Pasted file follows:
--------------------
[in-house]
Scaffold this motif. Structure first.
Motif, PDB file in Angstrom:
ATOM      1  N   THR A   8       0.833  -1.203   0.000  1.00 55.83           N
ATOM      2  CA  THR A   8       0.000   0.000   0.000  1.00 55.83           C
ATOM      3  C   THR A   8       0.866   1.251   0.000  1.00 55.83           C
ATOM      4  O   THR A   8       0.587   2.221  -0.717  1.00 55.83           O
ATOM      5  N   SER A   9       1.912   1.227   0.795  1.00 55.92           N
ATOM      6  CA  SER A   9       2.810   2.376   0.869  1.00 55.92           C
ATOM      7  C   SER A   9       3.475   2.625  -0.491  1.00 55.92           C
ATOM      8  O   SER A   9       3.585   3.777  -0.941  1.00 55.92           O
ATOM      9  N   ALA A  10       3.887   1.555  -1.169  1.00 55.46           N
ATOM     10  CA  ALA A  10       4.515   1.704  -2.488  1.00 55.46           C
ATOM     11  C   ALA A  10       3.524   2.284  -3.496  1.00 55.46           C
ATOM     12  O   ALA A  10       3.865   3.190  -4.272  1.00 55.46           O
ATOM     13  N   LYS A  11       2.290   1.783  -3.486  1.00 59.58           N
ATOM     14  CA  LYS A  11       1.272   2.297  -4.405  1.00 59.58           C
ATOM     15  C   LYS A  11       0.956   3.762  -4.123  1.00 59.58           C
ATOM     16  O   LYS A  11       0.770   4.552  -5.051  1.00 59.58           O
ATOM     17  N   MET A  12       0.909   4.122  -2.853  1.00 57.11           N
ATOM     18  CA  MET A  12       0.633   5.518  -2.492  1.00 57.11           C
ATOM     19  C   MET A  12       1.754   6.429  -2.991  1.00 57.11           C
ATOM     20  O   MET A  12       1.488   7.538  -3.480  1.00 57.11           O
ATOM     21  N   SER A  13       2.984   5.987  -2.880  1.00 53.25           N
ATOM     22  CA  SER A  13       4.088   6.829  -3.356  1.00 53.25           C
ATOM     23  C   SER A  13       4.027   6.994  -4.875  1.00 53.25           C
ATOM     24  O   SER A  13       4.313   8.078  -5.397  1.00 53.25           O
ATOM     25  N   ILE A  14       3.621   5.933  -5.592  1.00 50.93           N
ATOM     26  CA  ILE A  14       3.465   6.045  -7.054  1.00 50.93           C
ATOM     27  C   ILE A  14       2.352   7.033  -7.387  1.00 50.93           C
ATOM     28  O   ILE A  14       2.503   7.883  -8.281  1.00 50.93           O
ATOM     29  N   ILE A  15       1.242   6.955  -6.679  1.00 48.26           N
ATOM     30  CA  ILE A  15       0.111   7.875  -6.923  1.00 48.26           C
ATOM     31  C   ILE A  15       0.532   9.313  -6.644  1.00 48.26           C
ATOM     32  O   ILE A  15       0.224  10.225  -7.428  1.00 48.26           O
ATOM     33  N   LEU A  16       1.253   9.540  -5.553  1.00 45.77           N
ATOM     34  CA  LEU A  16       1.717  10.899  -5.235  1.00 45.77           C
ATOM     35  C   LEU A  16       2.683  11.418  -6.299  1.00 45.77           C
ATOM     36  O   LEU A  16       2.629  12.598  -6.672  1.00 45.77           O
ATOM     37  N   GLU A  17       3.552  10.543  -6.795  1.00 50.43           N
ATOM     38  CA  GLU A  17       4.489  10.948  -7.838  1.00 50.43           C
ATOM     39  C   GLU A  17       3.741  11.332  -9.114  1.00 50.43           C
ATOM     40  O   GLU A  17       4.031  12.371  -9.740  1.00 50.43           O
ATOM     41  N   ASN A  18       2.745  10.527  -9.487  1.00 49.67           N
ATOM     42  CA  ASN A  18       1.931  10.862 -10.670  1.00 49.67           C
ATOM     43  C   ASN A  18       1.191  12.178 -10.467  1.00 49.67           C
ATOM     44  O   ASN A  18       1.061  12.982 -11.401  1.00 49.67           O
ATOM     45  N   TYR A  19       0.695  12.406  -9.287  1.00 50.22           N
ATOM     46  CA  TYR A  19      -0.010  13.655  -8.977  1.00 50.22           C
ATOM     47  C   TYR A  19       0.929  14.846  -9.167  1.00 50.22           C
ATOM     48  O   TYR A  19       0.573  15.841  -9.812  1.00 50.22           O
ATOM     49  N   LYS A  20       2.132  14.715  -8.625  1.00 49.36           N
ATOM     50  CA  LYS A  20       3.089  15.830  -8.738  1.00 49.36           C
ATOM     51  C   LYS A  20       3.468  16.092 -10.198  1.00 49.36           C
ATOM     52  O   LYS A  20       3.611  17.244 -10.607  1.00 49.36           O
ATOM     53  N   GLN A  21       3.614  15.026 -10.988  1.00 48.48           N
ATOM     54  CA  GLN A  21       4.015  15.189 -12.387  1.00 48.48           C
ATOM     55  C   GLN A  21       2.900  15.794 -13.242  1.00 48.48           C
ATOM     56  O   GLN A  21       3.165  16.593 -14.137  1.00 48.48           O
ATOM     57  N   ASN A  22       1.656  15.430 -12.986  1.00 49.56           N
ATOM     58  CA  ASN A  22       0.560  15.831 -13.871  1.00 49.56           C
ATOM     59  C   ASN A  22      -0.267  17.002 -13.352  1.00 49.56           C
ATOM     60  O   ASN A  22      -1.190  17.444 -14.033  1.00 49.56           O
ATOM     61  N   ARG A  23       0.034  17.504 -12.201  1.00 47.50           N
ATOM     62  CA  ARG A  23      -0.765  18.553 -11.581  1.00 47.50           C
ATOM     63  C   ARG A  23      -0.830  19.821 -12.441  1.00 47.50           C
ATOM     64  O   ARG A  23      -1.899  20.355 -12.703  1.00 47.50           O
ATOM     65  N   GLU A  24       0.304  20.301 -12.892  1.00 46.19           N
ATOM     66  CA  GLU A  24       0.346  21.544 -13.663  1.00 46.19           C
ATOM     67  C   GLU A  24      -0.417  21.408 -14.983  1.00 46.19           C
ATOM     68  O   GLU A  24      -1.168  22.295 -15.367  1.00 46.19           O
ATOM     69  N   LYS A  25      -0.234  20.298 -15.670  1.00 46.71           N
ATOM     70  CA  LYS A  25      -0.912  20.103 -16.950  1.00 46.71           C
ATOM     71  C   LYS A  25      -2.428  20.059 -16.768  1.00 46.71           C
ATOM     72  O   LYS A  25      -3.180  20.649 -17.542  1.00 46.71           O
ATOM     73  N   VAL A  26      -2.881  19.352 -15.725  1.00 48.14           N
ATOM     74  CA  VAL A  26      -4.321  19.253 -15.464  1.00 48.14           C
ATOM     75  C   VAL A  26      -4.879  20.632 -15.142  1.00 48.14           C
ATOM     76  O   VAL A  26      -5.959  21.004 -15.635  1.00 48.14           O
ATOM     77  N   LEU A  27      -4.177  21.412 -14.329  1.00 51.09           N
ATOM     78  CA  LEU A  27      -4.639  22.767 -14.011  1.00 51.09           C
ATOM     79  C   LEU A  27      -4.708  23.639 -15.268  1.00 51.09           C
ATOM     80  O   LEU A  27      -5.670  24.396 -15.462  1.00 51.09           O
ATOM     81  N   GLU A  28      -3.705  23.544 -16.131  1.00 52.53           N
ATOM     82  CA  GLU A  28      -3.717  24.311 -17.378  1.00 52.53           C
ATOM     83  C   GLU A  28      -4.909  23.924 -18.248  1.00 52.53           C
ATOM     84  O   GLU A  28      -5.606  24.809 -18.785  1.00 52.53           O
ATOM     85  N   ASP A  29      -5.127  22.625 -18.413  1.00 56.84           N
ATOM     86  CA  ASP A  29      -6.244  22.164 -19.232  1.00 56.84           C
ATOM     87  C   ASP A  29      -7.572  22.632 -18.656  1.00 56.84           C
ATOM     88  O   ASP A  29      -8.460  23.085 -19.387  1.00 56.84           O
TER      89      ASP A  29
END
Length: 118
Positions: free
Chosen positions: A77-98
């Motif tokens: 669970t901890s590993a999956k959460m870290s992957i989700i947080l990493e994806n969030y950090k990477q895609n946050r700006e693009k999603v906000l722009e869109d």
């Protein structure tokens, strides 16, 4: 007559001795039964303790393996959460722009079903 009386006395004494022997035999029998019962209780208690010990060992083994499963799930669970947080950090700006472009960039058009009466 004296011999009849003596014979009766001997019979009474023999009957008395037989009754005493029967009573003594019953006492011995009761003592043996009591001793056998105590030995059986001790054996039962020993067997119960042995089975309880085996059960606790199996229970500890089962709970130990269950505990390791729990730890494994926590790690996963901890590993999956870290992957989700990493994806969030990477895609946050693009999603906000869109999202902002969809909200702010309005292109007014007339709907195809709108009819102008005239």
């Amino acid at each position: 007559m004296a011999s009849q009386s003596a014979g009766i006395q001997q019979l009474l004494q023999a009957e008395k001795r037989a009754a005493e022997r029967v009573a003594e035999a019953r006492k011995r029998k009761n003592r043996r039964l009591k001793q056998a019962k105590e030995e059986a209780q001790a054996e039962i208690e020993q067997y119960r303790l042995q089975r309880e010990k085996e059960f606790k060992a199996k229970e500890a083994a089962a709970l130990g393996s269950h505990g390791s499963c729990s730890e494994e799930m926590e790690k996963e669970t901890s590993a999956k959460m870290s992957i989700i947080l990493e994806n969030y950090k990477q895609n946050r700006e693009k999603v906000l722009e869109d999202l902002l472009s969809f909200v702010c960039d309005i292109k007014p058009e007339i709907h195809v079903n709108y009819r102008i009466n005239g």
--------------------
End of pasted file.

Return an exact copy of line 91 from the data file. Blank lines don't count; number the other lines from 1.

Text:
ATOM     88  O   ASP A  29      -8.460  23.085 -19.387  1.00 56.84           O